SYCAMORE, Ohio — Rose and Greg Hartschuh are the winners of the 2018 American Farm Bureau Federation’s (AFBF) Excellence in Agriculture competition, announced at the AFBF annual meeting in Nashville this month.
The couple competed for the award with candidates from around the country. It recognizes young farmers and ranchers who do not acquire most of their income from an agricultural operation, but who actively contribute and grow through their involvement in agriculture.
In November the Hartschuhes won the 2017 Ohio Farm Bureau Federation’s Excellence in Agriculture award and received, among other prizes, an all-expense paid trip to Nashville to take part in the national competition. In Nashville, they won a new Ford truck courtesy of Country Financial.
Rose Hartschuh is a seed advisor, contributes to the family farm and manages their additional family businesses. Greg works full-time on his family’s farm, raising corn, soybeans and operating a dairy.
The Hartschuhes partnered with two other farm families to revitalize a neglected farm property in Bucyrus, which now offers a farm market in one barn and an event venue in another. In 2017 they launched Acres of Adventure.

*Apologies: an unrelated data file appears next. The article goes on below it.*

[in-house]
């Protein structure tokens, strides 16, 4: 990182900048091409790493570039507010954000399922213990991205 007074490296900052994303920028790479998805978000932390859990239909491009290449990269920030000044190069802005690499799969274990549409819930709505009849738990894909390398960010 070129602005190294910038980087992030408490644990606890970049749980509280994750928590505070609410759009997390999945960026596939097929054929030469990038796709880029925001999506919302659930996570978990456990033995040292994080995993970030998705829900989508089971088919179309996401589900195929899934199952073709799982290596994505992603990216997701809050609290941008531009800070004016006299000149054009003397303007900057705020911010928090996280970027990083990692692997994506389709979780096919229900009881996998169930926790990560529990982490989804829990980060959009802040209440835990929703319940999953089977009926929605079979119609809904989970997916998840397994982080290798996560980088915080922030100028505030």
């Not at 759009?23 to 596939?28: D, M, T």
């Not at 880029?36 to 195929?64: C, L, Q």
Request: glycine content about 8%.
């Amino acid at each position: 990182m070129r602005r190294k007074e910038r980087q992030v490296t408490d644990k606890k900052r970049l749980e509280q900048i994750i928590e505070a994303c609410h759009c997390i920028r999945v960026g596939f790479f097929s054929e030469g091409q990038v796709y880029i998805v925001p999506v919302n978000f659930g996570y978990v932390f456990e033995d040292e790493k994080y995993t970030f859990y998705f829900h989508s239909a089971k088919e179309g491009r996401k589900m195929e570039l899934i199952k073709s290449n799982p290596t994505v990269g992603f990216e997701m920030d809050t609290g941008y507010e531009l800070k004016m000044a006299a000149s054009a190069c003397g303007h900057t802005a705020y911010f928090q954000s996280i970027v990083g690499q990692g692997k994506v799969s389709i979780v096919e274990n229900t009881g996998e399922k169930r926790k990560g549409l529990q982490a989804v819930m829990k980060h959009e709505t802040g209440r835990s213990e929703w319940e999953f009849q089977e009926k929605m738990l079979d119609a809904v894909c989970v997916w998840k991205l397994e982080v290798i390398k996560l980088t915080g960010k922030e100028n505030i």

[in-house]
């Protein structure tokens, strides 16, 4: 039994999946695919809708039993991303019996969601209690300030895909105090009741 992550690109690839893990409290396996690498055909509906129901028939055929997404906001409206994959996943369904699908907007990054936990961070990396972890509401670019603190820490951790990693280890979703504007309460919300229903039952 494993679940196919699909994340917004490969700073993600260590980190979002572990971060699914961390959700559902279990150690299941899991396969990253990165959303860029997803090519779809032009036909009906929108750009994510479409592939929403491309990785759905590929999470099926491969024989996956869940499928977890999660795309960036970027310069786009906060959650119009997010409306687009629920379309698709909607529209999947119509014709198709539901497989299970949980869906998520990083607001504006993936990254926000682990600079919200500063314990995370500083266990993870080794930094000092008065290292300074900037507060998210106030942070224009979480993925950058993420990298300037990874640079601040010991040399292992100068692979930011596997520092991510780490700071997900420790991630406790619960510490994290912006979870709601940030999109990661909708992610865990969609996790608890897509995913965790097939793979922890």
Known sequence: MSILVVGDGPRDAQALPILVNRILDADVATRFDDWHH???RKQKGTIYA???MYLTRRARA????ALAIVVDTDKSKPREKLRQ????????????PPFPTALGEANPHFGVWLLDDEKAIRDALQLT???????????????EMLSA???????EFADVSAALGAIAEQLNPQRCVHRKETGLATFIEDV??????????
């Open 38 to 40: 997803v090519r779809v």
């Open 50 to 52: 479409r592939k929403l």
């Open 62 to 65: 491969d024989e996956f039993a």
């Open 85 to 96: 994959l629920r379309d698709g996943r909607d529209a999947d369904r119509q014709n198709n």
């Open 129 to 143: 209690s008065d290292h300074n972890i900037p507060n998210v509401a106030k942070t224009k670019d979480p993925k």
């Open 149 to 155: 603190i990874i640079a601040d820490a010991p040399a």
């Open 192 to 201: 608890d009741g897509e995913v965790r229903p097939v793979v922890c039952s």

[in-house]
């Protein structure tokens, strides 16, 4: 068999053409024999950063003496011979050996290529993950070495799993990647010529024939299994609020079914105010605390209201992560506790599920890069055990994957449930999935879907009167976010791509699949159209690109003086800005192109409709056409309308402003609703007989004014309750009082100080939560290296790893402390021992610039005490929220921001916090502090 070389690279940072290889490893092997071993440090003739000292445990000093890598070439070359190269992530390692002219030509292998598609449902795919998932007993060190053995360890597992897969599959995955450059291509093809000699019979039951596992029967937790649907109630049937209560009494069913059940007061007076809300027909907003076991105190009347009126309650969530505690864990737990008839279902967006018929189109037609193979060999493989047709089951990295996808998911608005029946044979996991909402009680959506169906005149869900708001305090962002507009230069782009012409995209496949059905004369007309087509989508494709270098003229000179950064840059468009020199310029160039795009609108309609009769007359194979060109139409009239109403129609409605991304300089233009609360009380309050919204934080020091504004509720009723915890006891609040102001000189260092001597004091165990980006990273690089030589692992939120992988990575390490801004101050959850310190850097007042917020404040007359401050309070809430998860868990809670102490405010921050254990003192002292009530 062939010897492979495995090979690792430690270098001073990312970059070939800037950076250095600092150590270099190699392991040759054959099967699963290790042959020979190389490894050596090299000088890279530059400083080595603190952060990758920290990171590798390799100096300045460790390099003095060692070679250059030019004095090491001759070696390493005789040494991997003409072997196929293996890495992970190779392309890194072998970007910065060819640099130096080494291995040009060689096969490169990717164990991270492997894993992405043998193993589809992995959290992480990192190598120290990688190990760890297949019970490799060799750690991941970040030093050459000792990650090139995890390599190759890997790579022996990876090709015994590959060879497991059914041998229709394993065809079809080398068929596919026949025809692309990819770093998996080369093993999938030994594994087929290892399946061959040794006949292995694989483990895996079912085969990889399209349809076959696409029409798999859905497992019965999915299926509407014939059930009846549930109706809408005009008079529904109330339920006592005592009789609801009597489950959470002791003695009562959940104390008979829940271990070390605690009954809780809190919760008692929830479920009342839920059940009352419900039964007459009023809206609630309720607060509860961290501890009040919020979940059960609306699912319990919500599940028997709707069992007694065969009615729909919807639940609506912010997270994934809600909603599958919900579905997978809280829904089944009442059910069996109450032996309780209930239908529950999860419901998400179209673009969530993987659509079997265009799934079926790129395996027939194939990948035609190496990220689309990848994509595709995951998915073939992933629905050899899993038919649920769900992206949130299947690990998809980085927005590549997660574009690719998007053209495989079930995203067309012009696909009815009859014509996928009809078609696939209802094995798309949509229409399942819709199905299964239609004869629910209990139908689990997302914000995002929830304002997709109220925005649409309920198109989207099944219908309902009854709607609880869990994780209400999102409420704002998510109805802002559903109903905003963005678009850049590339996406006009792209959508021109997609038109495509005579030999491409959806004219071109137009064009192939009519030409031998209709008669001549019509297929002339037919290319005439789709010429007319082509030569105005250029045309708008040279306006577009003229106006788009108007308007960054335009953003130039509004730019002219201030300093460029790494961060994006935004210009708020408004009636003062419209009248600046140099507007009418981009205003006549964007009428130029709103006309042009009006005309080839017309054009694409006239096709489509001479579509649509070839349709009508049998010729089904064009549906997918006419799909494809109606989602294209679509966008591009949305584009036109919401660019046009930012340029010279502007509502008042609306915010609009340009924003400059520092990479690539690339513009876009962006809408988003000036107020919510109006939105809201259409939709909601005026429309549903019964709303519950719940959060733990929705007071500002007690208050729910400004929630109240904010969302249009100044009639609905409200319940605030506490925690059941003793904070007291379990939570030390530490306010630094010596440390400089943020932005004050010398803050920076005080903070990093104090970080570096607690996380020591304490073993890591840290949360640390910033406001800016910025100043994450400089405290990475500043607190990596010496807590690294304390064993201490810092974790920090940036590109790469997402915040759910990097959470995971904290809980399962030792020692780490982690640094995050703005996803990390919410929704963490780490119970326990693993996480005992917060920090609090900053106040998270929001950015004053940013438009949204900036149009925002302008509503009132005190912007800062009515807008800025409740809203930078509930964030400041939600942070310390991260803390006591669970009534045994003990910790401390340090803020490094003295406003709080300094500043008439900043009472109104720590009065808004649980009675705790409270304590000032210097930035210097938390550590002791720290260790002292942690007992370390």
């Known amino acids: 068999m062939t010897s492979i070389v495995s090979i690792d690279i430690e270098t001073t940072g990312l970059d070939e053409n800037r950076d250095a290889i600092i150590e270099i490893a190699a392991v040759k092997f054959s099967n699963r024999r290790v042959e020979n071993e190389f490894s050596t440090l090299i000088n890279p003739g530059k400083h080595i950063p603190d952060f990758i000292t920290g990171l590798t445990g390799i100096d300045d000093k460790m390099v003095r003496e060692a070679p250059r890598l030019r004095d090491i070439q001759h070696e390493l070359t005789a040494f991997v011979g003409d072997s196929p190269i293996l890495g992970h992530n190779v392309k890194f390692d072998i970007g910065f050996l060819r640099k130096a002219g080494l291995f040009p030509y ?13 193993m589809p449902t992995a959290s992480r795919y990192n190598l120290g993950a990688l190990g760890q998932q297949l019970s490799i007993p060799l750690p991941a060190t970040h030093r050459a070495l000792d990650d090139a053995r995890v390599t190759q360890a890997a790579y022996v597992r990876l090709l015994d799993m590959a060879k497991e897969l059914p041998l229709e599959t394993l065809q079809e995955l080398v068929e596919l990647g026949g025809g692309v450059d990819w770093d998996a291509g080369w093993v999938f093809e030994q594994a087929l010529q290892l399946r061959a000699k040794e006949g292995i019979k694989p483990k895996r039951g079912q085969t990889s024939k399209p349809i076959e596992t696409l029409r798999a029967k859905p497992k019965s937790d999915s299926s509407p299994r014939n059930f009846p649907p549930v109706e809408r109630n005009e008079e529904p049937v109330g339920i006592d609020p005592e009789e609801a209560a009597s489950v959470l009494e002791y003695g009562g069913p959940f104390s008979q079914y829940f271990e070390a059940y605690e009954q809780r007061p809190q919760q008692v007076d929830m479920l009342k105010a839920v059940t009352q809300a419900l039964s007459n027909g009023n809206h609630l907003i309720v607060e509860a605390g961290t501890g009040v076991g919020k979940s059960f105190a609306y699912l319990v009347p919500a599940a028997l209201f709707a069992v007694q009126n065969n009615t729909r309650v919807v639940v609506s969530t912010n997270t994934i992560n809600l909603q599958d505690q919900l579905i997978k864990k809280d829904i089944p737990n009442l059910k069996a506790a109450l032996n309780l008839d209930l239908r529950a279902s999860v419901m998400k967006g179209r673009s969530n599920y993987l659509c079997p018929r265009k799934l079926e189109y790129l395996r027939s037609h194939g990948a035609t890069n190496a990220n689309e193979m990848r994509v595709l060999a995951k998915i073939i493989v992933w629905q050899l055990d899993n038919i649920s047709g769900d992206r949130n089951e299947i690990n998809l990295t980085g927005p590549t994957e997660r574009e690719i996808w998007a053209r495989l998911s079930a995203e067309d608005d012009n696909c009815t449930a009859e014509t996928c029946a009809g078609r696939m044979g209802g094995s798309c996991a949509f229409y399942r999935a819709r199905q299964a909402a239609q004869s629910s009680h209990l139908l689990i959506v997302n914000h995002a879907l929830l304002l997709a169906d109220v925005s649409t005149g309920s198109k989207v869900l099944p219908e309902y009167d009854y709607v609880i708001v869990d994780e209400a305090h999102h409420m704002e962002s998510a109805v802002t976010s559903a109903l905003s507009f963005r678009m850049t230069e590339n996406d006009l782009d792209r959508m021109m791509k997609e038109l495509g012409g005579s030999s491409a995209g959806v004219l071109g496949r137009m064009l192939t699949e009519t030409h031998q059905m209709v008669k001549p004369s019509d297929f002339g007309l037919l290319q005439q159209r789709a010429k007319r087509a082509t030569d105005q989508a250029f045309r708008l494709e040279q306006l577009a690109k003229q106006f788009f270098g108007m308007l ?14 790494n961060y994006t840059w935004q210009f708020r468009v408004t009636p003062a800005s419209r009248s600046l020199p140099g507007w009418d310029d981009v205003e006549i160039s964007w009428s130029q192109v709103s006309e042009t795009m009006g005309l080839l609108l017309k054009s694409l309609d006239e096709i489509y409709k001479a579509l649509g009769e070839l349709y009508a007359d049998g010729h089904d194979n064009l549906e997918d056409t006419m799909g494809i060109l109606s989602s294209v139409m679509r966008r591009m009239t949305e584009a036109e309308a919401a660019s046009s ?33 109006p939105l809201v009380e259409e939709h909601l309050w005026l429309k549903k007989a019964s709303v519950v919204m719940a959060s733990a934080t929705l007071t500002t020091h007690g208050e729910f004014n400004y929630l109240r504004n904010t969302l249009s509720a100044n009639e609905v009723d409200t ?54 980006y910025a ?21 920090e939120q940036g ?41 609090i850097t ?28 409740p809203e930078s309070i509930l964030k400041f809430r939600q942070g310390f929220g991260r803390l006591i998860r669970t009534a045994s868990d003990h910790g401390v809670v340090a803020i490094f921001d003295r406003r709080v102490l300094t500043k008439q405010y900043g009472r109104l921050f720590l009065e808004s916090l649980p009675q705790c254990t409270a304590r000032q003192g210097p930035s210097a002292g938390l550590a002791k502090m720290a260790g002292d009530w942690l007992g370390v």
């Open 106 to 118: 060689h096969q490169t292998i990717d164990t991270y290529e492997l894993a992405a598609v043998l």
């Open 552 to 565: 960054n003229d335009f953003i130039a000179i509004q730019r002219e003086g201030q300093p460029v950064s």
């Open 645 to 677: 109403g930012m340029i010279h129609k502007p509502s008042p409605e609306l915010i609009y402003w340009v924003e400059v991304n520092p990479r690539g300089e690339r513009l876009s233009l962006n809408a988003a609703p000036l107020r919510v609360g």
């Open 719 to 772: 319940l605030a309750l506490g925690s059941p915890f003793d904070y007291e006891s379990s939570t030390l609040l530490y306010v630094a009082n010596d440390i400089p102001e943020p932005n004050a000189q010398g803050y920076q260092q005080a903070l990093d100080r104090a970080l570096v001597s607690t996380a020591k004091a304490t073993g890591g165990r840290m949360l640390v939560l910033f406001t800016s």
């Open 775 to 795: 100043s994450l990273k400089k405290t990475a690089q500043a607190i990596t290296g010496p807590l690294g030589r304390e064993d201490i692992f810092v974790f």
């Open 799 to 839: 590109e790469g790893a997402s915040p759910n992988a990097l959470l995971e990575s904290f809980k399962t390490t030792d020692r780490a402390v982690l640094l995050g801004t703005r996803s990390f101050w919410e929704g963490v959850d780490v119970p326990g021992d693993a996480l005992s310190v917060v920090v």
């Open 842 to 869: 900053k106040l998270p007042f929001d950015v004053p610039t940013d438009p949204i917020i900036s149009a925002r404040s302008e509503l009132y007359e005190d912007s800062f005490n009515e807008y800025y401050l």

“The most exciting thing for us has been watching this new organization called Acres of Adventure,” said Rose Hartschuh. “It is designed to connect consumers with opportunities to experience modern agriculture. We’re in the process of building a new learning center on our dairy farm, where we’ll be able to host guests year-round.
“We will design activities that will allow them to touch and see and feel what it is that farmers do on a daily basis,” she explained. “It is structured as a nonprofit corporation. The focus of what we want to do is education.
“We’ve brought together other individuals and businesses who share a common vision, and we’re working to develop an idea that will provide an opportunity that guests might not have otherwise to ask their questions about farming.”
The Hartschuhes’ goal in these activities is to impact the public perception of agriculture. People are becoming more disconnected from farming, and they want to help change that. They hope that one day their twin sons, Dwight and Jordan, age 4, will be able to farm if that is what they want to do.
“So it is important to us now to start looking for ways to help people that aren’t involved in agriculture to understand why farmers do what they do,” Hartschuh said.
Two other Ohioans competed in AFBF competitions: Christian Hoffman of Stoutsville took part in the Young Farmers and Ranchers Achievement Award contest, and Danielle Burch of Salem participated in the Discussion Meet.